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Drivers, dynamics, and control of emerging vector-borne zoonotic diseases.

Authors
  • Kilpatrick, A Marm
  • Randolph, Sarah E
Type
Published Article
Journal
The Lancet
Publisher
Elsevier
Publication Date
Dec 01, 2012
Volume
380
Issue
9857
Pages
1946–1955
Identifiers
DOI: 10.1016/S0140-6736(12)61151-9
PMID: 23200503
Source
Medline
License
Unknown

Abstract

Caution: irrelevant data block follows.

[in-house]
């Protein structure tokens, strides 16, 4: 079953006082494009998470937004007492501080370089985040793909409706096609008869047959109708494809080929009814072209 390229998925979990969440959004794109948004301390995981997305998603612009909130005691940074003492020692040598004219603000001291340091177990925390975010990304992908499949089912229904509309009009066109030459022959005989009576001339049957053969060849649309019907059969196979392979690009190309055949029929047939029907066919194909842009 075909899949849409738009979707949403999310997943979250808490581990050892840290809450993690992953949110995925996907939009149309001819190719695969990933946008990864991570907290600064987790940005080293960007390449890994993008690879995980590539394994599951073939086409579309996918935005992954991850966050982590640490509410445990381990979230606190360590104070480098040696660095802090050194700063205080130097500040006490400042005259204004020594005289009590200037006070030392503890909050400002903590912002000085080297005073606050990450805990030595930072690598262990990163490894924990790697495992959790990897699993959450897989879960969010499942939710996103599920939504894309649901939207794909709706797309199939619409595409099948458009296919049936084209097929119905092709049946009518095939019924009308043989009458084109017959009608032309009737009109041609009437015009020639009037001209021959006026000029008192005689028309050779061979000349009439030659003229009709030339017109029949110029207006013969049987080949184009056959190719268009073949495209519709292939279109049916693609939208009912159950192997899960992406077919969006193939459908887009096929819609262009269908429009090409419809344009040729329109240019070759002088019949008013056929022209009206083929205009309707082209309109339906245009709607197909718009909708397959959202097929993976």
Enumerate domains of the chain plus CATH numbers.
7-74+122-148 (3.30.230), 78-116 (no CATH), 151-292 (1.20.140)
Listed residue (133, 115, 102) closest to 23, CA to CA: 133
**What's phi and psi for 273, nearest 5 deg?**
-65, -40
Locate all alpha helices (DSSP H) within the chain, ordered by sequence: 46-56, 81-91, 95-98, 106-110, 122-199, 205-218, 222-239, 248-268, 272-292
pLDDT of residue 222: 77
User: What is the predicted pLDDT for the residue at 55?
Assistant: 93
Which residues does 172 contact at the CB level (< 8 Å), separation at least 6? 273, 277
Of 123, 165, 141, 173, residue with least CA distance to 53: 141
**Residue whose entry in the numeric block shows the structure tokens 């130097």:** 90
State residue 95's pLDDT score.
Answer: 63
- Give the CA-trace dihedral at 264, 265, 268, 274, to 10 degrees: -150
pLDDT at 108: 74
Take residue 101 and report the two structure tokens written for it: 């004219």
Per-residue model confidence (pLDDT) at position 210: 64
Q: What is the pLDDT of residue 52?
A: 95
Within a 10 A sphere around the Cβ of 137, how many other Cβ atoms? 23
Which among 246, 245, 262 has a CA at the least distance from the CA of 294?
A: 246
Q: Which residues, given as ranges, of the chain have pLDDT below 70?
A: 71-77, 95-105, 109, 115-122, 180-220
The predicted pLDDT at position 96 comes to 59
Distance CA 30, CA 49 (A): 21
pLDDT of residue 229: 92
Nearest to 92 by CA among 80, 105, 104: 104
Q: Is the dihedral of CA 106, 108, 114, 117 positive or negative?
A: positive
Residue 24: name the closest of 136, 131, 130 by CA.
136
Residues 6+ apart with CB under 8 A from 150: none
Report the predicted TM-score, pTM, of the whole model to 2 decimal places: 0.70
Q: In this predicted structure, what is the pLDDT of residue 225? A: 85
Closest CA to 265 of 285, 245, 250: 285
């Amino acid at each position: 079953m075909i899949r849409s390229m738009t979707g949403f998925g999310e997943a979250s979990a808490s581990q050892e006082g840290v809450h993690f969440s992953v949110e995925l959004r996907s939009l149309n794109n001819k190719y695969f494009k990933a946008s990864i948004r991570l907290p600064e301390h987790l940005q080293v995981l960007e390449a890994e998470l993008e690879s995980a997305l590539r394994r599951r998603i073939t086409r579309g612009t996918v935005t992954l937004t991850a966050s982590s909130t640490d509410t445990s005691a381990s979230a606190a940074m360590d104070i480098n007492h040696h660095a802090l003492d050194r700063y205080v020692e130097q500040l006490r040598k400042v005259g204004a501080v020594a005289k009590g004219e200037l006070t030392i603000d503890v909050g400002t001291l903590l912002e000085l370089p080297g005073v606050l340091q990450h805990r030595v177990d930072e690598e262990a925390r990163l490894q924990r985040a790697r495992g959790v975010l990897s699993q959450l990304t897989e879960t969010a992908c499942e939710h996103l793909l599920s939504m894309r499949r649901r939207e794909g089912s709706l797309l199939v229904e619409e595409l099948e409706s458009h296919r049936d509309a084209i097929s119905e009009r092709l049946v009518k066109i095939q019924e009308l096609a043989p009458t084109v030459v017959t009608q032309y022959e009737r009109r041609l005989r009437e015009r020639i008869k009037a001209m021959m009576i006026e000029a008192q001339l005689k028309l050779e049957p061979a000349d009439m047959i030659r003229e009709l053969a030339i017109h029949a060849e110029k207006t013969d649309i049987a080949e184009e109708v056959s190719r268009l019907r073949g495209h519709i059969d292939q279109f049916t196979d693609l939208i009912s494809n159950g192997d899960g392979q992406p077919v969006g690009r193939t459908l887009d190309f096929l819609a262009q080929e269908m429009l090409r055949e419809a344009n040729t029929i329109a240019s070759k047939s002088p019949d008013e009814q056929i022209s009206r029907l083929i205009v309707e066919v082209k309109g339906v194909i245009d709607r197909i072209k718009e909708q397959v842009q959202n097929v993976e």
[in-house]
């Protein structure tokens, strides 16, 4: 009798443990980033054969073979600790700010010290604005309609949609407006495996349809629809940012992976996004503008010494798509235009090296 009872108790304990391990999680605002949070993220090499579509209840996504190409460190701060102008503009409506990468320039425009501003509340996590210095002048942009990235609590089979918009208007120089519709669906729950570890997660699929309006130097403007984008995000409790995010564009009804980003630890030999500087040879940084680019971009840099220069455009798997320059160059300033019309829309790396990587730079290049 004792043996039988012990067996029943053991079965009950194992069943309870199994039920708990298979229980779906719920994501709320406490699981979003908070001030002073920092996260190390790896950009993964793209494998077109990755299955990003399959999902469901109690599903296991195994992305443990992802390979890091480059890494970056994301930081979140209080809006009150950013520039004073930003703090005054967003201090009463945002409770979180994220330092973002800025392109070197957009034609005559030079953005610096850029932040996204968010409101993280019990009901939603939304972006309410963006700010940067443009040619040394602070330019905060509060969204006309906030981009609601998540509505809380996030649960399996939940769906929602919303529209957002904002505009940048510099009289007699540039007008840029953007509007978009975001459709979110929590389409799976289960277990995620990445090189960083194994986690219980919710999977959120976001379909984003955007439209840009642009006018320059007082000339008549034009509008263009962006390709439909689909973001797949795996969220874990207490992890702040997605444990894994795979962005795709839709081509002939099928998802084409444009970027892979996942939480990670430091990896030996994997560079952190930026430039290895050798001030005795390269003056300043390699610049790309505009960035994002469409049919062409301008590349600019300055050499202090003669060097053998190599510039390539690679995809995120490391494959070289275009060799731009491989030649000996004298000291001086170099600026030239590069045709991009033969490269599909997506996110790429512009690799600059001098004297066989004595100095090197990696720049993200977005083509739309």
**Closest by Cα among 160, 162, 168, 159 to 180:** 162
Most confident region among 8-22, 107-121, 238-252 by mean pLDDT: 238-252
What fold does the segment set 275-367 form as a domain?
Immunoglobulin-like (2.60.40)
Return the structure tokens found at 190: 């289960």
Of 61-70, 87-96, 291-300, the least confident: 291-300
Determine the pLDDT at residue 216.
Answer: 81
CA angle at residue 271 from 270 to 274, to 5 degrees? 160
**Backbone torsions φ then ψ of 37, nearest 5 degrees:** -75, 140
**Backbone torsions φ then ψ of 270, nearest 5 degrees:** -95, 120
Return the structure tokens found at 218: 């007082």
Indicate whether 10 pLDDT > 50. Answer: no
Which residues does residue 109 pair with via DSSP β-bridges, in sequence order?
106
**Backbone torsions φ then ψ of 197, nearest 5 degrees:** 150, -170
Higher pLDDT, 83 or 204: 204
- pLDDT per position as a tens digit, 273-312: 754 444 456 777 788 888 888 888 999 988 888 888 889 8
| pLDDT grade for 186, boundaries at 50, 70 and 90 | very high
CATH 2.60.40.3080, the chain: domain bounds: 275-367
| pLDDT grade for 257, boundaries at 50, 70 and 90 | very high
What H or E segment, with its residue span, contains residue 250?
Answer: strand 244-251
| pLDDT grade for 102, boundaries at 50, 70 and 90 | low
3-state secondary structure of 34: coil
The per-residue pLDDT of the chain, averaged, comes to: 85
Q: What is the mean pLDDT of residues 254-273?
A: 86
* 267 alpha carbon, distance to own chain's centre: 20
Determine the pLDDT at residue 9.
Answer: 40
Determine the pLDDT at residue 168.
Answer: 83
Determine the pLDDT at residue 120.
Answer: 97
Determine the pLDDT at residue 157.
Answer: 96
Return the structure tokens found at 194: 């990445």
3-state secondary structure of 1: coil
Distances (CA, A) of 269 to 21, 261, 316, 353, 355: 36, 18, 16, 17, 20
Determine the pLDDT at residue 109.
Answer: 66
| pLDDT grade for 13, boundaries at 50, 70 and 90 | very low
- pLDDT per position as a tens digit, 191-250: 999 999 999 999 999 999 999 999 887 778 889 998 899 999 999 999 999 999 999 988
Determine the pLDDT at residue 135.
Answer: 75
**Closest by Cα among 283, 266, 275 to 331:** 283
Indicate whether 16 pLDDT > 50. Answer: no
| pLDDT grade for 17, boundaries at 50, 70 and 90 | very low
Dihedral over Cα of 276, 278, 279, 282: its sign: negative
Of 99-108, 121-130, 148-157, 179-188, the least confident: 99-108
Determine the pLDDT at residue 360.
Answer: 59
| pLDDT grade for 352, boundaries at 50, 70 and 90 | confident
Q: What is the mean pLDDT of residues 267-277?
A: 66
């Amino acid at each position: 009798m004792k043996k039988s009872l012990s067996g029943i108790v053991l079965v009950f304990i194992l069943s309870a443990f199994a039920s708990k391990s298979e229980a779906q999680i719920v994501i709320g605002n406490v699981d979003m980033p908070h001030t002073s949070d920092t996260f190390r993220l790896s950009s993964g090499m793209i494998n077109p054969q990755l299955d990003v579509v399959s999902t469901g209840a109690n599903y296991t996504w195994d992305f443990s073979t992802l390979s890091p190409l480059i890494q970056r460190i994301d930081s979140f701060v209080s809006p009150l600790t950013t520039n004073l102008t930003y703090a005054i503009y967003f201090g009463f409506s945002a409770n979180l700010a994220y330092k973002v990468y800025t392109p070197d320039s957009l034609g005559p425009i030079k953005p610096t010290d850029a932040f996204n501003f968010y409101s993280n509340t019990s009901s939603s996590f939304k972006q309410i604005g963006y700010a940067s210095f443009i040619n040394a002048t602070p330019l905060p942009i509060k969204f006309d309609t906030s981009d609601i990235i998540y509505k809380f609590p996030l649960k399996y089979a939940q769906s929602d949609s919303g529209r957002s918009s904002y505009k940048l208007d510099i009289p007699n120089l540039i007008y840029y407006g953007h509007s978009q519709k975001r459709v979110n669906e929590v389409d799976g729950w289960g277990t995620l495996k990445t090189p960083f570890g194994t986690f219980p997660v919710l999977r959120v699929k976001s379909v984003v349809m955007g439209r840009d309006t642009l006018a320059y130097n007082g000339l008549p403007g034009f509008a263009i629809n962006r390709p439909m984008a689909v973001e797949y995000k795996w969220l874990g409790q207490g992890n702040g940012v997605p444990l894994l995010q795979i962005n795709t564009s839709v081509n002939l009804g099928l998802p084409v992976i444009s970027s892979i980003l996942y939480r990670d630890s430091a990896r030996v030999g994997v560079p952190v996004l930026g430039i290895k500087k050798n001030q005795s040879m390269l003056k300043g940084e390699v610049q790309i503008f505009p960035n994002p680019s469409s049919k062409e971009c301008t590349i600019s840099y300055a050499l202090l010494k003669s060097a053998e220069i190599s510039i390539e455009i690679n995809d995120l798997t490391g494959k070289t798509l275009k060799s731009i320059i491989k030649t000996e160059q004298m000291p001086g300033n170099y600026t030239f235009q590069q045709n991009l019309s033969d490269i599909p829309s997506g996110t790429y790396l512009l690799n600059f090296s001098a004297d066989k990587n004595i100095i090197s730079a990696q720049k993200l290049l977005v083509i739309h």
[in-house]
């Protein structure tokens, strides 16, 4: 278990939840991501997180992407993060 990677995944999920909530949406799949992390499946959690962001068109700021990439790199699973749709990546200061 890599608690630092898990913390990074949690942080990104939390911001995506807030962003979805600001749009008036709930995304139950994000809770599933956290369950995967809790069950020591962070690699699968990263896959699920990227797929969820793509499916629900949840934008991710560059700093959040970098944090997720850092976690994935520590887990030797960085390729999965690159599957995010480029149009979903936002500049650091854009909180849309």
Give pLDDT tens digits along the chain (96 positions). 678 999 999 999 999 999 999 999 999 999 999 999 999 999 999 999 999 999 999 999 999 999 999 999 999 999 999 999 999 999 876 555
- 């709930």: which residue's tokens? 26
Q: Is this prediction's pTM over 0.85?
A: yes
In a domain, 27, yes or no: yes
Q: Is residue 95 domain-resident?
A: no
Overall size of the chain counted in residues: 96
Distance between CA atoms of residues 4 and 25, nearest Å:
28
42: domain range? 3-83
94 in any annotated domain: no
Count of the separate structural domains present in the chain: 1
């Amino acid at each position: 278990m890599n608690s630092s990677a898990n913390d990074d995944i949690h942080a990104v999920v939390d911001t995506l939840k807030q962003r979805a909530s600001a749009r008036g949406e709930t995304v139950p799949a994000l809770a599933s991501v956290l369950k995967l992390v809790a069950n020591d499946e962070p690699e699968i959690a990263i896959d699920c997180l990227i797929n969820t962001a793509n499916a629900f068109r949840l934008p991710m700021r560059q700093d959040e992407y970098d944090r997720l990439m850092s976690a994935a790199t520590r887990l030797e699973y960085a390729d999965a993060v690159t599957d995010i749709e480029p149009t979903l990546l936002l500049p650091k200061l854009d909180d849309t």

Emerging vector-borne diseases are an important issue in global health. Many vector-borne pathogens have appeared in new regions in the past two decades, while many endemic diseases have increased in incidence. Although introductions and emergence of endemic pathogens are often considered to be distinct processes, many endemic pathogens are actually spreading at a local scale coincident with habitat change. We draw attention to key differences between dynamics and disease burden that result from increased pathogen transmission after habitat change and after introduction into new regions. Local emergence is commonly driven by changes in human factors as much as by enhanced enzootic cycles, whereas pathogen invasion results from anthropogenic trade and travel where and when conditions (eg, hosts, vectors, and climate) are suitable for a pathogen. Once a pathogen is established, ecological factors related to vector characteristics can shape the evolutionary selective pressure and result in increased use of people as transmission hosts. We describe challenges inherent in the control of vector-borne zoonotic diseases and some emerging non-traditional strategies that could be effective in the long term.

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